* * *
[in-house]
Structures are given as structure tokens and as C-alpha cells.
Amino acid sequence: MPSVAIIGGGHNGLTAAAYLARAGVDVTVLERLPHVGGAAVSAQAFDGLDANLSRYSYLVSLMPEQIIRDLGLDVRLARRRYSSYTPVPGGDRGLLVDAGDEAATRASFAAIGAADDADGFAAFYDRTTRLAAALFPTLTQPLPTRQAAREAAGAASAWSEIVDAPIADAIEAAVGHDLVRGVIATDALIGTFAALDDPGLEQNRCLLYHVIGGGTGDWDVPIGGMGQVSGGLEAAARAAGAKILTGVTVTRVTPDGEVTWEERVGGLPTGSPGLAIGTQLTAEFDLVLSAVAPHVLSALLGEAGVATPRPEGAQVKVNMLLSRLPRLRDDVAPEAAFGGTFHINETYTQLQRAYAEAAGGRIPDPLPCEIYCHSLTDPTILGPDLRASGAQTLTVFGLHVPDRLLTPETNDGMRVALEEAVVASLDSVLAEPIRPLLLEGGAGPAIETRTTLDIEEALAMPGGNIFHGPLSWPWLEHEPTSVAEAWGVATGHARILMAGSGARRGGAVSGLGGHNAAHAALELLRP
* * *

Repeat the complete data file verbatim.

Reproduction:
[in-house]
Structures are given as structure tokens and as C-alpha cells.
Amino acid sequence: MPSVAIIGGGHNGLTAAAYLARAGVDVTVLERLPHVGGAAVSAQAFDGLDANLSRYSYLVSLMPEQIIRDLGLDVRLARRRYSSYTPVPGGDRGLLVDAGDEAATRASFAAIGAADDADGFAAFYDRTTRLAAALFPTLTQPLPTRQAAREAAGAASAWSEIVDAPIADAIEAAVGHDLVRGVIATDALIGTFAALDDPGLEQNRCLLYHVIGGGTGDWDVPIGGMGQVSGGLEAAARAAGAKILTGVTVTRVTPDGEVTWEERVGGLPTGSPGLAIGTQLTAEFDLVLSAVAPHVLSALLGEAGVATPRPEGAQVKVNMLLSRLPRLRDDVAPEAAFGGTFHINETYTQLQRAYAEAAGGRIPDPLPCEIYCHSLTDPTILGPDLRASGAQTLTVFGLHVPDRLLTPETNDGMRVALEEAVVASLDSVLAEPIRPLLLEGGAGPAIETRTTLDIEEALAMPGGNIFHGPLSWPWLEHEPTSVAEAWGVATGHARILMAGSGARRGGAVSGLGGHNAAHAALELLRP